Staff Editorial: Sensationalism in social media trends

Content warning: suicide

 

In early January 2018, YouTube star Logan Paul faced intense backlash for posting a vlog in which he filmed a man who had committed suicide in Aokigahara forest, also known as the ‘suicide forest’ in Japan. In the video, Paul and a group of his friends appear to play off the situation with inappropriate humor and seemingly sarcastic comments, including a moment where Paul turned to a friend and said, “What, you never stand next to a dead guy?” He called it “a moment in YouTube history.”

Paul’s YouTube channel has 16 million subscribers, many of whom are young teens who look to Paul for mindless humor. This video was a grotesque display of the many ways modern entertainment, particularly on the Internet, can cross the line between documenting everyday experiences and using the suffering of others for views, subscribers and ad revenue.

Paul removed the video and initially published a lackluster apology on his Twitter account, where he primarily praised his own work as a YouTube star and the ‘integrity’ he has maintained, up until this point, as an entertainer. His “apology” also received an immense amount of backlash and was followed by a video apology, which many viewers found to be receiving ad revenue for the first few hours after it was posted. The apology is now demonetized, though this initial monetization proved to many that Paul was looking to benefit from the great amount of attention on his YouTube channel.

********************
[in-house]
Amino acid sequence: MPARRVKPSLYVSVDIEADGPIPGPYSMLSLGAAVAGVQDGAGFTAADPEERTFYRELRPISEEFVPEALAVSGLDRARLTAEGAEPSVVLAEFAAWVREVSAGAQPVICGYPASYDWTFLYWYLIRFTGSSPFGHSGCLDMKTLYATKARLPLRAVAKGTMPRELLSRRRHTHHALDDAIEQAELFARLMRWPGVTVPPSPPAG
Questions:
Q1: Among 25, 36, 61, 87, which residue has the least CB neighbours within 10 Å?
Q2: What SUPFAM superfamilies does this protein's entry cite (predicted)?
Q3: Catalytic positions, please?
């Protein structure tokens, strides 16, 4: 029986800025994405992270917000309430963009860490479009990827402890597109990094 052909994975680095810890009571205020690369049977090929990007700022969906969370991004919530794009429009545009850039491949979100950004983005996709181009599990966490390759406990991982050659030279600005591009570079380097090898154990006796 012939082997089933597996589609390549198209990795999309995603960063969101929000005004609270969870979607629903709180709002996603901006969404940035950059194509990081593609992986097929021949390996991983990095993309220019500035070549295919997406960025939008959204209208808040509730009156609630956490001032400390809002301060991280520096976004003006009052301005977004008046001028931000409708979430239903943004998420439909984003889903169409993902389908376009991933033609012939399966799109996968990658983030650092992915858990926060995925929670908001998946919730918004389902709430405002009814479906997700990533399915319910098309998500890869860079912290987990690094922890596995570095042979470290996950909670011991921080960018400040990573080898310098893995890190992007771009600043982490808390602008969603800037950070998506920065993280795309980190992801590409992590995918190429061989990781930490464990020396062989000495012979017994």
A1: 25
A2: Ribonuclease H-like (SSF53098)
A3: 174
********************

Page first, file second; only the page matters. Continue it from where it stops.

On Jan. 24, in Paul’s first reported sincere move surrounding the controversy, he posted a video where many survivors of suicide talked about their experiences as survivors with Paul. This video seemed to be an effort to educate him (and thus, his fans) about the importance of suicide awareness and prevention. In addition, Paul mentioned at the end of the video that he plans to donate $1 million to suicide prevention groups.

This situation, and similar controversial topics popping up on the Internet over the past month (Tide Pods, anyone?), are proving the power and reach of the Internet and further the discussion about social media’s role in shaping the ideas of a global community. A video that poked fun at a serious topic like suicide started a global conversation, which largely resulted in an agreement that more people need to be educated on suicide and suicide prevention. In the same way, a simple meme about Tide Pods being delicious snacks has resulted in 86 different consumption cases, as reported by the American Association of Poison Control Centers. Such powerful spread of the Internet and social media calls for, more than ever, conscientious and ethical content creators and media consumers.

Both of these issues play into the idea that how we use and joke on the Internet can have consequences in matters of life or death. It is important to be conscious of the broad reach one person can have on different social media platforms and how that reach can be used for good and bad. Most importantly, there need to be more conversations about how the immense power of a global network fits into our society and how we can use this power to make significant change around the world.

 

Resources for help:

National Suicide Prevention Lifeline………………1-800-273-TALK (8255)

 

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